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  HOME | Brazil (Click here for more)

Attorney: Proof of Rousseff’s Innocence Left Out of Brazil Senate Report
The suspended president is accused of various budget irregularities, including signing decrees that altered government budgets without congressional authorization and securing loans for the federal government from state-controlled banks

BRASILIA – Suspended Brazilian President Dilma Rousseff’s defense team said on Wednesday that the rapporteur of the special Senate committee on impeachment, who has recommended that she be permanently removed from office, omitted evidence that would clearly show her innocence.

Antonio Anastasia let his emotions get the better of him and ignored a series of documents that would dispel the accusations against Rousseff, her lead attorney, Jose Eduardo Cardozo, told the Senate’s impeachment committee.

Rousseff, who was suspended from office on May 12, is accused of various budget irregularities, including signing decrees that altered government budgets without congressional authorization and securing loans for the federal government from state-controlled banks.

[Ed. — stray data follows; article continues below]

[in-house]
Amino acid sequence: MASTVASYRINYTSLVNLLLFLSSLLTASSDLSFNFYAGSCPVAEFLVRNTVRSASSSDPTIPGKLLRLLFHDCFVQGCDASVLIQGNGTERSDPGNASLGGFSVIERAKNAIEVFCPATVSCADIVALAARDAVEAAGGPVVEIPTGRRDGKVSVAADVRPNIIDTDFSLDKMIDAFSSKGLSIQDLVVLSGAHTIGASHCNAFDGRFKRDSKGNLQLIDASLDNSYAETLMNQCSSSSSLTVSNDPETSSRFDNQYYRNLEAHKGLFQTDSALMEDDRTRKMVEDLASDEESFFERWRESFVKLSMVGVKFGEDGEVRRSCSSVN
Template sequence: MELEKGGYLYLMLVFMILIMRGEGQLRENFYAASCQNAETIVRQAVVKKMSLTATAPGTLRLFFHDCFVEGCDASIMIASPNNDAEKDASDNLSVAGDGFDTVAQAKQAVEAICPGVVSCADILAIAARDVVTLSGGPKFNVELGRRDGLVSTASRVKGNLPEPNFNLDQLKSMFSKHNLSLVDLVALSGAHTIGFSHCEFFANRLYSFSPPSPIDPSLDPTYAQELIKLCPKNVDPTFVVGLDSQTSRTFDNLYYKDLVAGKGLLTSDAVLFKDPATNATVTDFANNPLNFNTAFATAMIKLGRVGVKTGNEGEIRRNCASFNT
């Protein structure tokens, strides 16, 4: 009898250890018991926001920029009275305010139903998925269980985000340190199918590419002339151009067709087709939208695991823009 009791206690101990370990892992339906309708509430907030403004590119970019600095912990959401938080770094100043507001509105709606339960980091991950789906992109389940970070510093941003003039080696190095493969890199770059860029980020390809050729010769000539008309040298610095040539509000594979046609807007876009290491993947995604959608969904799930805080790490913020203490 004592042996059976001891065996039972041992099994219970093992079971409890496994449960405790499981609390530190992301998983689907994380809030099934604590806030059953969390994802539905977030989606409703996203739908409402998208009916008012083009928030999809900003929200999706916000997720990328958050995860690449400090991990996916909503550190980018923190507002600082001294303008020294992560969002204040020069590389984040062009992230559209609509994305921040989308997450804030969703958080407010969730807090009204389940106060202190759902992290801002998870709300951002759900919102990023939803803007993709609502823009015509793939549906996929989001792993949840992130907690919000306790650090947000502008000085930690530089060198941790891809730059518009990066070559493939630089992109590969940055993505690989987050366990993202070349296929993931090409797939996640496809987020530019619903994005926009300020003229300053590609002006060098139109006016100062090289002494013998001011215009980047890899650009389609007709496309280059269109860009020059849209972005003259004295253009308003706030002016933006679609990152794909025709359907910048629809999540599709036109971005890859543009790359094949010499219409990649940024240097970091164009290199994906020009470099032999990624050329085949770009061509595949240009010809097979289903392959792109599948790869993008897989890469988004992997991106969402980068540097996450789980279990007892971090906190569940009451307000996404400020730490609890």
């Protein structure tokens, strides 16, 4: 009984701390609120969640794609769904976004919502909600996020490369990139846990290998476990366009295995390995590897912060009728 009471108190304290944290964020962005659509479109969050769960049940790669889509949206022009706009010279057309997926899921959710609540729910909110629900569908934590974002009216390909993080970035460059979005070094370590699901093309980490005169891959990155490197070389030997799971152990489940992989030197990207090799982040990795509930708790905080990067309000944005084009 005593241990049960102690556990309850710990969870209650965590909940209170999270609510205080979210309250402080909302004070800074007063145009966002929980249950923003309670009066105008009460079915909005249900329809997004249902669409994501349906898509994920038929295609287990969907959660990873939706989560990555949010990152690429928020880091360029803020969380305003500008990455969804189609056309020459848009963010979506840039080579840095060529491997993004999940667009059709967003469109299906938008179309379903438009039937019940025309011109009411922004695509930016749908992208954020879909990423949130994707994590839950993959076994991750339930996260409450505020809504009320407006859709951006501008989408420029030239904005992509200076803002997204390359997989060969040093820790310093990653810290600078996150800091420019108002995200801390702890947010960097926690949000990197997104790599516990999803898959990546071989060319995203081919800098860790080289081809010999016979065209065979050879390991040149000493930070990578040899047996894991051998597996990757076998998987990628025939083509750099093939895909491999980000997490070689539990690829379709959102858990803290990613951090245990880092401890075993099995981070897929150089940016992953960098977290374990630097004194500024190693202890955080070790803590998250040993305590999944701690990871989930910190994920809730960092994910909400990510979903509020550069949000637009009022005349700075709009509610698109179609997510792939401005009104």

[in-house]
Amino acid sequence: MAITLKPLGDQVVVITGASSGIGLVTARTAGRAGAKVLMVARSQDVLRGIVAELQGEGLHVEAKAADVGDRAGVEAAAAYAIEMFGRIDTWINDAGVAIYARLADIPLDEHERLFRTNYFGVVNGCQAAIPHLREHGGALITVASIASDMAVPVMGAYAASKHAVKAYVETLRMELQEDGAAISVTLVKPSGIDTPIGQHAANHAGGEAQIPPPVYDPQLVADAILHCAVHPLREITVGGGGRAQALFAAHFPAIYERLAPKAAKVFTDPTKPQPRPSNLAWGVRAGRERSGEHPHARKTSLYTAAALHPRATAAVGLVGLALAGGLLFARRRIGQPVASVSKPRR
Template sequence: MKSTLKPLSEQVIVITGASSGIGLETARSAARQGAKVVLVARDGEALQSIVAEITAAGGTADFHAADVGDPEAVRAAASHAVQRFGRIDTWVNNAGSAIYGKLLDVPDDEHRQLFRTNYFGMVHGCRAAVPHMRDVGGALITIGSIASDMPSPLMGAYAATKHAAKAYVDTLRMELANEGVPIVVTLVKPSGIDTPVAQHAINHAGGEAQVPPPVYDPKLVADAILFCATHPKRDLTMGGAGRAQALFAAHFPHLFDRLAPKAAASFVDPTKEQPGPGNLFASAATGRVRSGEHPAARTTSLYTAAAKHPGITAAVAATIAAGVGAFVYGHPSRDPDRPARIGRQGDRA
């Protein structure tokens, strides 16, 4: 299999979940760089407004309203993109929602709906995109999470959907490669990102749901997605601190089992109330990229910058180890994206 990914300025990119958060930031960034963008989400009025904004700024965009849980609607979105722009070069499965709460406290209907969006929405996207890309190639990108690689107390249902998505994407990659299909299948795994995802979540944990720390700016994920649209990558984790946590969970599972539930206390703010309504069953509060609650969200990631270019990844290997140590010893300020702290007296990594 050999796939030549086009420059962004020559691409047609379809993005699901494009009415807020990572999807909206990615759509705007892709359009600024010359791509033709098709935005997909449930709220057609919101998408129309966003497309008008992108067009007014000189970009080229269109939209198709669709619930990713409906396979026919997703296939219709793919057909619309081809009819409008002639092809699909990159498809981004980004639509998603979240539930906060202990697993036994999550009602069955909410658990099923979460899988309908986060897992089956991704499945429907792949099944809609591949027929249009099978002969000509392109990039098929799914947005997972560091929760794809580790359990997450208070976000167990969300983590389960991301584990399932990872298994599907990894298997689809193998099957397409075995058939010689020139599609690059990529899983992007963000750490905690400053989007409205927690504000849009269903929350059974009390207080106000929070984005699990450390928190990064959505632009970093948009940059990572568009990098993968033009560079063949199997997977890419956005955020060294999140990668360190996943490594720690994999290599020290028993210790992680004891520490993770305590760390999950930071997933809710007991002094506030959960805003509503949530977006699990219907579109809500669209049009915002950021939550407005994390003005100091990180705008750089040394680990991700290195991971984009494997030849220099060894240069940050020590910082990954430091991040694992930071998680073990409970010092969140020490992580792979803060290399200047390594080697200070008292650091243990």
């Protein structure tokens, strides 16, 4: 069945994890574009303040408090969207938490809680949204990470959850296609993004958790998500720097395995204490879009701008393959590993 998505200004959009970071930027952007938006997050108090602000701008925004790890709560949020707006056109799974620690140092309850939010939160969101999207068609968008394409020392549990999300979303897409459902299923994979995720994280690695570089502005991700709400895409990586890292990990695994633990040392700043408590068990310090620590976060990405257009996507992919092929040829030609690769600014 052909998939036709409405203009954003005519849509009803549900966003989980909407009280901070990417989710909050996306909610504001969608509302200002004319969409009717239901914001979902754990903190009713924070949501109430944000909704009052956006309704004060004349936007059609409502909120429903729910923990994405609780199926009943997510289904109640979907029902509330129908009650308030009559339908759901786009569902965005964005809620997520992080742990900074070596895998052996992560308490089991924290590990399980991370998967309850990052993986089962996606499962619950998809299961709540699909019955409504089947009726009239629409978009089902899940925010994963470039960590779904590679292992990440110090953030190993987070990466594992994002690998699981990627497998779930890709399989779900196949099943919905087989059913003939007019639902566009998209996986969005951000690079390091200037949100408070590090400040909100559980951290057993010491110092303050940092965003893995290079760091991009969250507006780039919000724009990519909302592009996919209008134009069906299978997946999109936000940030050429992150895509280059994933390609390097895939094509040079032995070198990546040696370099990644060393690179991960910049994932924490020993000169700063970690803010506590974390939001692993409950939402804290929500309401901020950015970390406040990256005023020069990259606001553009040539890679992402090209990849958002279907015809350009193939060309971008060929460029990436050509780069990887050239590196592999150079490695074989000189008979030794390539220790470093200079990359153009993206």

Anastasia presented his final report on the case on Tuesday, concluding that Rousseff was directly responsible for those crimes and that the series of irregularities amounted to an “attack on the constitution” and warranted removal from office.

But Cardozo said Anastasia had ignored a report by the federal Attorney General’s Office that concluded that, despite budget management irregularities by her administration, Rousseff had committed no criminal offense.

He said Anastasia also had only partially cited a second report prepared by Senate experts that found Rousseff had not had a direct role in the failure to repay state-controlled banks in a timely manner for funds they had advanced to her administration.

Rousseff’s opponents say those delayed repayments amounted to loans to finance federal government spending, which is illegal in Brazil.

The impeachment committee will vote Thursday on Anastasia’s report, which is expected to be approved by a clear majority.

The full Senate will then decide in a vote scheduled for Aug. 9 whether Rousseff’s case should go to trial in the upper house.

A simple majority of 41 votes is needed to accept the case, after which the Supreme Court would have to schedule the trial, which would likely begin on Aug. 29 and last five days.

A vote to permanently remove Rousseff from the presidency – possibly on Sept. 2 – would require the support of two-thirds of the Senate, or 54 upper-house lawmakers.

If that happens, her former vice president, interim President Michel Temer, would serve out her term through the end of 2018.

 

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